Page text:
Lack of calcium and a ‘woman’s disease’: 6 myths about osteoporosis
India is slowly falling prey to another silent disease, akin to hypertension and heart disease, which is detected only when tests indicate a decreased bone density.
Known as osteoporosis, this disease affects about 80% Indian women and about 1.5 million Indian men. It is also known as the bone-thinning disease. Responsible for over one and a half million fractures each year, osteoporosis makes the bones weak so much that even a simple fall or bump can cause them to break.
Being a silent disease, the symptoms are not very apparent, until the condition reaches an advanced stage leading to a fracture. Osteoclasts and osteoblasts, two special cells in the normal bone-remodeling cycle, work to keep the bones strong and healthy.
While osteoclasts break down old bones, osteoblasts promotes new bone formation. With age, more bone is broken down than what is reformed. This means that the osteoblasts cannot keep up with the breakage, causing the bones to become thin and fragile.
There are many myths and misconceptions surrounding this disease. Dr M Udaya Kumar Maiya, Medical Director, Portea Medicalarticle helps breaking some of them.
Myth 1: Osteoporosis is caused due to lack of calcium
While calcium is essential for bone health, too much of it is also not good for the body. Many other nutrients are also needed to ensure bone health such as vitamin K, magnesium and strontium. As an example, calcium is absorbed better in the presence of vitamin D. Normally, our body absorbs only 10% to 15% of calcium from the diet.
Myth 2: It is a natural side effect of ageing
Yes; but bone loss including osteoporosis can also affect a person in their younger years. Apart from age, gender and genetic susceptibility are also factors leading to this condition. While age and gender cannot be modified, there are other factors one can control such as lifestyle and diet.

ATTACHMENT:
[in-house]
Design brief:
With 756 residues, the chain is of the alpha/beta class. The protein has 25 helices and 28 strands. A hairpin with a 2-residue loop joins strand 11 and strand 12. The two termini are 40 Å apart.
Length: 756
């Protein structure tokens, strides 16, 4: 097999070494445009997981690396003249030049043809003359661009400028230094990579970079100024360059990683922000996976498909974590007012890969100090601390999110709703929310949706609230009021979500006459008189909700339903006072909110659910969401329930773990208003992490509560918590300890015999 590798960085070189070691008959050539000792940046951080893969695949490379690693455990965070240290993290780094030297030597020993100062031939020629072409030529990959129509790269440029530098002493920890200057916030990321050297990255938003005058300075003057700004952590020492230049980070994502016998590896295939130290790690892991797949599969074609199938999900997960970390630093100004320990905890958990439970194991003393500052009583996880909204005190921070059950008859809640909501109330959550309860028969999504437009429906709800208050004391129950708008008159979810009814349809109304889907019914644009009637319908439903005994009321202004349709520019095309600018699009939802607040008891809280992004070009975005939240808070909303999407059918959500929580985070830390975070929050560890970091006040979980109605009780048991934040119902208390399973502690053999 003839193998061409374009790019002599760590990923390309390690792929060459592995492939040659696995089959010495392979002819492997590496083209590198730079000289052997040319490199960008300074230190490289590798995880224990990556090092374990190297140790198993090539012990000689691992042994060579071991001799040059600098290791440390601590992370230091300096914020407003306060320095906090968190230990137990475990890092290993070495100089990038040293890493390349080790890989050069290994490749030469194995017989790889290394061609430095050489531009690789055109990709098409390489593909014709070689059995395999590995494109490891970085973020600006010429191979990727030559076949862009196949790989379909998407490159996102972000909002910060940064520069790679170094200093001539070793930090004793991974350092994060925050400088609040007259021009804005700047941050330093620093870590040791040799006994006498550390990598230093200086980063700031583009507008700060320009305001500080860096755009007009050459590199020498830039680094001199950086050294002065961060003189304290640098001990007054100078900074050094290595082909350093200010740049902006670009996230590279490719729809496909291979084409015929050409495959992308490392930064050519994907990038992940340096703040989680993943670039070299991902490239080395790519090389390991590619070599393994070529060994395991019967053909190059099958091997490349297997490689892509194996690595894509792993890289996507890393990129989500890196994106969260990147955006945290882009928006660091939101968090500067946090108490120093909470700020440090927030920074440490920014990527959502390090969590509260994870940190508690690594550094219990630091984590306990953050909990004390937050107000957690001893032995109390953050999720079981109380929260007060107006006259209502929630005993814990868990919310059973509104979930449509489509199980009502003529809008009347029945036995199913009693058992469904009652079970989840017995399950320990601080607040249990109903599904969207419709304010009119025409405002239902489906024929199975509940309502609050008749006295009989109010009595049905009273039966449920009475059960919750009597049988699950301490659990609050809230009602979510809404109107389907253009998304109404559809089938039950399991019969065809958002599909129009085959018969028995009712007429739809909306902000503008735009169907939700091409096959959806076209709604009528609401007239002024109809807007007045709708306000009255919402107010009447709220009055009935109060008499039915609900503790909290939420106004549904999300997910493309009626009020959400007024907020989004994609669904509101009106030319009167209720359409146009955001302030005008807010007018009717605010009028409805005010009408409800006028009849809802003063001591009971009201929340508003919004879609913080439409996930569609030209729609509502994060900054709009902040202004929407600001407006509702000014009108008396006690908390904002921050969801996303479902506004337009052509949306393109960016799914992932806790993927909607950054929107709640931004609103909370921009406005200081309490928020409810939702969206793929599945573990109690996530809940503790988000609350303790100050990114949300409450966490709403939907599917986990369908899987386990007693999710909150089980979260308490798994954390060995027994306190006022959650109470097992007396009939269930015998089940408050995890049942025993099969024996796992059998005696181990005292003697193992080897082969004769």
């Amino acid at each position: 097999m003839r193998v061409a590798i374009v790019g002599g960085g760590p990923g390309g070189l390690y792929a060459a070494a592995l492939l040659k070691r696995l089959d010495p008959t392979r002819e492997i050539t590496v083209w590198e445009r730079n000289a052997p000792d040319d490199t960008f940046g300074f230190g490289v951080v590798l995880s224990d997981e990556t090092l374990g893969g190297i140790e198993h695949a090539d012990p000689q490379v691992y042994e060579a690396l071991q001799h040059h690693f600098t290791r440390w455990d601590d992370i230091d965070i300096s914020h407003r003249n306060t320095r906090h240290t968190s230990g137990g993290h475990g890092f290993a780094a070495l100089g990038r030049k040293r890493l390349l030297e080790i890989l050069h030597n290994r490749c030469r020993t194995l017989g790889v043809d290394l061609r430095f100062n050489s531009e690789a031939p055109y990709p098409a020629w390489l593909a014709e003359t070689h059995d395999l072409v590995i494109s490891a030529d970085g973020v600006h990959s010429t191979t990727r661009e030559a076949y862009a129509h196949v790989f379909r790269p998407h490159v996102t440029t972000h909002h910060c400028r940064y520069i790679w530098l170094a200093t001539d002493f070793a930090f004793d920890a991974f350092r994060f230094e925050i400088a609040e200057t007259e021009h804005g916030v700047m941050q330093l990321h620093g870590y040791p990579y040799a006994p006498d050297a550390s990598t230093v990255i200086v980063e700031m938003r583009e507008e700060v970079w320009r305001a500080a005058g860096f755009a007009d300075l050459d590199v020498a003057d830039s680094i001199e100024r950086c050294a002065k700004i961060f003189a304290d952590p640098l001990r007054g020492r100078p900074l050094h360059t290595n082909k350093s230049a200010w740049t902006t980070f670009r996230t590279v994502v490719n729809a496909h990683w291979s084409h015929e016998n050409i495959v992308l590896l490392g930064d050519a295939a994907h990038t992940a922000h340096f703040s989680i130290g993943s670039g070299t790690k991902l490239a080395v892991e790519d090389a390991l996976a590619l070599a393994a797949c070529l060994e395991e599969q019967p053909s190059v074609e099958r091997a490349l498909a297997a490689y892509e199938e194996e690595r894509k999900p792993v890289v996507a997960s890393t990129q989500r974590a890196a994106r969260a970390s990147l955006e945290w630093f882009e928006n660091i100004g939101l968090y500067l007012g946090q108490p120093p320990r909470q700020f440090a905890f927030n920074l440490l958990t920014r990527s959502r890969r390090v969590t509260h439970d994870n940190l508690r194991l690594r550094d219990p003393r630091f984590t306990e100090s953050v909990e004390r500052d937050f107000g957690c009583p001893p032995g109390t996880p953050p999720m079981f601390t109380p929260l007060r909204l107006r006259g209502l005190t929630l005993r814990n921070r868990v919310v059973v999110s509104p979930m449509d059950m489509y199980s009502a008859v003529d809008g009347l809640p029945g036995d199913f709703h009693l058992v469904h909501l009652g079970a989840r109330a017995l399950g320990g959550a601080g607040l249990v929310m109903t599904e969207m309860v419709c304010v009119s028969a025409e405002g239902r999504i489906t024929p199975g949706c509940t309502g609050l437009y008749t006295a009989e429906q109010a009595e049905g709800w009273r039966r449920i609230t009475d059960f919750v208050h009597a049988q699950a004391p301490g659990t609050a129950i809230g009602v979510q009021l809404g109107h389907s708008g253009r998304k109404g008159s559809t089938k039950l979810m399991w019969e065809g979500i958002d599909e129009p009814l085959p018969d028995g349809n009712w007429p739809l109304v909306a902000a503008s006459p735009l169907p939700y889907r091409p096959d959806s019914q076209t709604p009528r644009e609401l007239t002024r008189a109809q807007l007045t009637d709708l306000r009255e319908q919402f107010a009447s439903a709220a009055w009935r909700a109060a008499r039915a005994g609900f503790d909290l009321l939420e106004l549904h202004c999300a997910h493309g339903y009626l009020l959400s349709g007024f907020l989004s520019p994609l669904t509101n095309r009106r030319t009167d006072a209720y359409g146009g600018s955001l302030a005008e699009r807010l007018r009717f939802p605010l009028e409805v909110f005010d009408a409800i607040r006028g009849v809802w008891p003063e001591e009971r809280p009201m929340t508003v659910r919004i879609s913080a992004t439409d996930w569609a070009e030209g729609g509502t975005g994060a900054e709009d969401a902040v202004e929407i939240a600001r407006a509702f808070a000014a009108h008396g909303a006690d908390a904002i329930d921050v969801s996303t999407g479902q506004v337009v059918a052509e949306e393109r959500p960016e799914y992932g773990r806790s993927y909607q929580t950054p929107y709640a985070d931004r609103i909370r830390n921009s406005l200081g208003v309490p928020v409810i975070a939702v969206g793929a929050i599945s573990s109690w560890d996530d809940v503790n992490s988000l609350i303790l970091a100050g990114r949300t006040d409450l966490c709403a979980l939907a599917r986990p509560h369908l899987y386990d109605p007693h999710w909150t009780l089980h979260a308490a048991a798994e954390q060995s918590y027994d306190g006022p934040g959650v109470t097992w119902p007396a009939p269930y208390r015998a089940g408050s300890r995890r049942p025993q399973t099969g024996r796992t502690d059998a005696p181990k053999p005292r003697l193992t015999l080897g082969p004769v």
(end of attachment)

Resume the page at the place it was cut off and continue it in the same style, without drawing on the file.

Myth 3: Fractures are inevitable with osteoporosis
Studies have shown that about half of those with thinning bones do not suffer a fracture. Alternatively, people with a normal bone density are also prone to fracture. A fracture risk assessment can be done through a bone density test. This will help a person identify what are the risks of having a fracture.
Myth 4: It is a woman’s disease
It is not true that men do not have to worry about getting this condition. Women naturally have smaller and thinner bones than men and are at a higher risk of bone problems. The belief that it is a woman’s condition also stems from the fact that low estrogen levels cause bone loss. However, men are also prone to this condition, particularly those with low levels of Vitamin D.
Myth 5: Osteoporosis is not linked to other conditions
Increasingly, there has been research to show that osteoporosis has a connection with other health conditions too. A person with improved body strength, metabolic fitness, and muscle strength will have stronger bones. He/she will also, therefore, have regulated blood pressure and good cardiovascular health. It is, therefore, imperative to aim at overall health and lead a balanced lifestyle.
Myth 6: Bone density test is painful
Bone density test is very simple and comfortable. A bone densitometer measures bone density using a small amount of radiation (DeXA scan) or ultrasound (portable units). A person lies on their back with their arms and legs positioned appropriately. The test hardly takes 10 minutes and is not painful.
Get enough calcium as per age through sources such as milk and milk products and green vegetables. Your body will require Vitamin D to absorb the calcium.
This can be adequately obtained from sunlight and other sources like mushrooms. Get good sun exposure for 10 to 15 minutes on the arms and face for at least 2 to 3 times a week.
Quit smoking as this is known to weaken the bones. Avoid excess alcohol intake. Lead an active lifestyle with about 30 minutes of some physical activity every day. This will help in strengthening the muscles and bones.
These lifestyle changes can go a long way in preventing osteoporosis and helping those already diagnosed with the condition.